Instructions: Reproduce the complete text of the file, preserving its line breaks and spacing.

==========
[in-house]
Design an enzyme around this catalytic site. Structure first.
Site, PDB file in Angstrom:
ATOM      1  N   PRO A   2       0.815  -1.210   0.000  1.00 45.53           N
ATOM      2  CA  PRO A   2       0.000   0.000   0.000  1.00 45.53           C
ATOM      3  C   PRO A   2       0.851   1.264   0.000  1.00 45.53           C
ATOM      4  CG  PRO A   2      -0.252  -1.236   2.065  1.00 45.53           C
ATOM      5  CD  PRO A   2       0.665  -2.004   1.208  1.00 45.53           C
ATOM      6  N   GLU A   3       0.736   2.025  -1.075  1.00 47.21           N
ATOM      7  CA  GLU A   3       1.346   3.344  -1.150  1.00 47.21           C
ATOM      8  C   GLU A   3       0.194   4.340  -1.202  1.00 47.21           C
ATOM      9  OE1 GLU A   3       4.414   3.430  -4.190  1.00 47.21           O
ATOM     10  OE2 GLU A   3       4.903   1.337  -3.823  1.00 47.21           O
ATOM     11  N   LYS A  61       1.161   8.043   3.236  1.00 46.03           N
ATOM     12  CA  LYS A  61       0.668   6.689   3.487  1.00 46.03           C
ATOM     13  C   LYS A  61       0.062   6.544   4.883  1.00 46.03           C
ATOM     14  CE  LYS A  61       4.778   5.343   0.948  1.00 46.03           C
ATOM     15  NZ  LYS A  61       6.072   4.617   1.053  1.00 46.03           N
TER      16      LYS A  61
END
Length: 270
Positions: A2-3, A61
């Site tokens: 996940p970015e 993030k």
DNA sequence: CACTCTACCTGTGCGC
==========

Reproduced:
[in-house]
Design an enzyme around this catalytic site. Structure first.
Site, PDB file in Angstrom:
ATOM      1  N   PRO A   2       0.815  -1.210   0.000  1.00 45.53           N
ATOM      2  CA  PRO A   2       0.000   0.000   0.000  1.00 45.53           C
ATOM      3  C   PRO A   2       0.851   1.264   0.000  1.00 45.53           C
ATOM      4  CG  PRO A   2      -0.252  -1.236   2.065  1.00 45.53           C
ATOM      5  CD  PRO A   2       0.665  -2.004   1.208  1.00 45.53           C
ATOM      6  N   GLU A   3       0.736   2.025  -1.075  1.00 47.21           N
ATOM      7  CA  GLU A   3       1.346   3.344  -1.150  1.00 47.21           C
ATOM      8  C   GLU A   3       0.194   4.340  -1.202  1.00 47.21           C
ATOM      9  OE1 GLU A   3       4.414   3.430  -4.190  1.00 47.21           O
ATOM     10  OE2 GLU A   3       4.903   1.337  -3.823  1.00 47.21           O
ATOM     11  N   LYS A  61       1.161   8.043   3.236  1.00 46.03           N
ATOM     12  CA  LYS A  61       0.668   6.689   3.487  1.00 46.03           C
ATOM     13  C   LYS A  61       0.062   6.544   4.883  1.00 46.03           C
ATOM     14  CE  LYS A  61       4.778   5.343   0.948  1.00 46.03           C
ATOM     15  NZ  LYS A  61       6.072   4.617   1.053  1.00 46.03           N
TER      16      LYS A  61
END
Length: 270
Positions: A2-3, A61
């Site tokens: 996940p970015e 993030k």
DNA sequence: CACTCTACCTGTGCGC